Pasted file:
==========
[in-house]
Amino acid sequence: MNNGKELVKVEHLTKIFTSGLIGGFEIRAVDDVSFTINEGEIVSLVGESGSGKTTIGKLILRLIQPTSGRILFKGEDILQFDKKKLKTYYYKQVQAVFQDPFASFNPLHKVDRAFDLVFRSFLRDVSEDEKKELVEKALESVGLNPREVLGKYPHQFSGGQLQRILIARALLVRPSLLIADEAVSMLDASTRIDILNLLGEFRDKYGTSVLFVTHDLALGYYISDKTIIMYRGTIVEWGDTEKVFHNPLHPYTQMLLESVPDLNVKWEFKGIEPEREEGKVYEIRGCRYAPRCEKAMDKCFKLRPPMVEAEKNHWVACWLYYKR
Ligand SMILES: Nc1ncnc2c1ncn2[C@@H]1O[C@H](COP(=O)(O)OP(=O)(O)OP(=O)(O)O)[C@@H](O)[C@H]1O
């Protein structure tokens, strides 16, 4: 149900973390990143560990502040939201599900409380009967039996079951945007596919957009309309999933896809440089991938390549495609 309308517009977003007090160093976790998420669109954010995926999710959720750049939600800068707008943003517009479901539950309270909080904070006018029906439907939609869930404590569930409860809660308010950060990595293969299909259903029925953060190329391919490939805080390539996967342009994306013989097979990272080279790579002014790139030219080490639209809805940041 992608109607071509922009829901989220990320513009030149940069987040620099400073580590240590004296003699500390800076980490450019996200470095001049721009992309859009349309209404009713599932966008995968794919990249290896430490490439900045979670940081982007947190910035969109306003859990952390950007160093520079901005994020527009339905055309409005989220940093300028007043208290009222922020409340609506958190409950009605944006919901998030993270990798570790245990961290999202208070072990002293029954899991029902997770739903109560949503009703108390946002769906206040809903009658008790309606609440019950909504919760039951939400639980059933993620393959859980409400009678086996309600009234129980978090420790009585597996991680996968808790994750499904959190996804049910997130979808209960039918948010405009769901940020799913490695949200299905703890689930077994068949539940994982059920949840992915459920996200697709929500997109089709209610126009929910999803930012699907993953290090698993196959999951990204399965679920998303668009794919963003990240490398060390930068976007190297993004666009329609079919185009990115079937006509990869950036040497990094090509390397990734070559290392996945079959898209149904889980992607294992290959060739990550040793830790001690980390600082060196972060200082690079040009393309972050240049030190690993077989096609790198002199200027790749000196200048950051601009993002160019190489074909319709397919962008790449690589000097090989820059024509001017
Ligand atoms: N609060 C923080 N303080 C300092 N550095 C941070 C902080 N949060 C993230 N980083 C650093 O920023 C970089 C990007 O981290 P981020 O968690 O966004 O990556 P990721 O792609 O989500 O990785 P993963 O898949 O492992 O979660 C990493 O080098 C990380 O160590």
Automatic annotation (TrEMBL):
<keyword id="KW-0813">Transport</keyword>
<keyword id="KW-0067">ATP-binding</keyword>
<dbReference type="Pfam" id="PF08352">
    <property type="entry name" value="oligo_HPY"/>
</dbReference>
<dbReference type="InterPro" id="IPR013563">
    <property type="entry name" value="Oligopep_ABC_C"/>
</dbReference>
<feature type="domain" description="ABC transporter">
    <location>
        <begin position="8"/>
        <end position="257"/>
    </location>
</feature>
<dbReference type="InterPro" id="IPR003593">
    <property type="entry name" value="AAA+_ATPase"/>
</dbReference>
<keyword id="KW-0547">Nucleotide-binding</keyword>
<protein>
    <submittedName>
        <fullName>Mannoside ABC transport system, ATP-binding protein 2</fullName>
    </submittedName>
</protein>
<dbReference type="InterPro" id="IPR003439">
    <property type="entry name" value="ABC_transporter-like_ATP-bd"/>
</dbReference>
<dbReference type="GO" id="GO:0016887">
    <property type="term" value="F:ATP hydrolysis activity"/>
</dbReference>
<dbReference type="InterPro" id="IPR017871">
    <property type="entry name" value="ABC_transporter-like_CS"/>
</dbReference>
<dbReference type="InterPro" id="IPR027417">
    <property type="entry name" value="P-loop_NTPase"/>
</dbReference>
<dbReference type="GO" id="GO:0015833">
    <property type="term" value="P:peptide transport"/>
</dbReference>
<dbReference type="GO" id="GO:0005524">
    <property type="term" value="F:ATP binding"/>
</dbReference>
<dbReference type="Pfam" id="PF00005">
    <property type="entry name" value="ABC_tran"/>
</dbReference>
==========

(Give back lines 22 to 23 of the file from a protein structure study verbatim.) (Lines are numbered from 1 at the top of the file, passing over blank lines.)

    <property type="entry name" value="AAA+_ATPase"/>
</dbReference>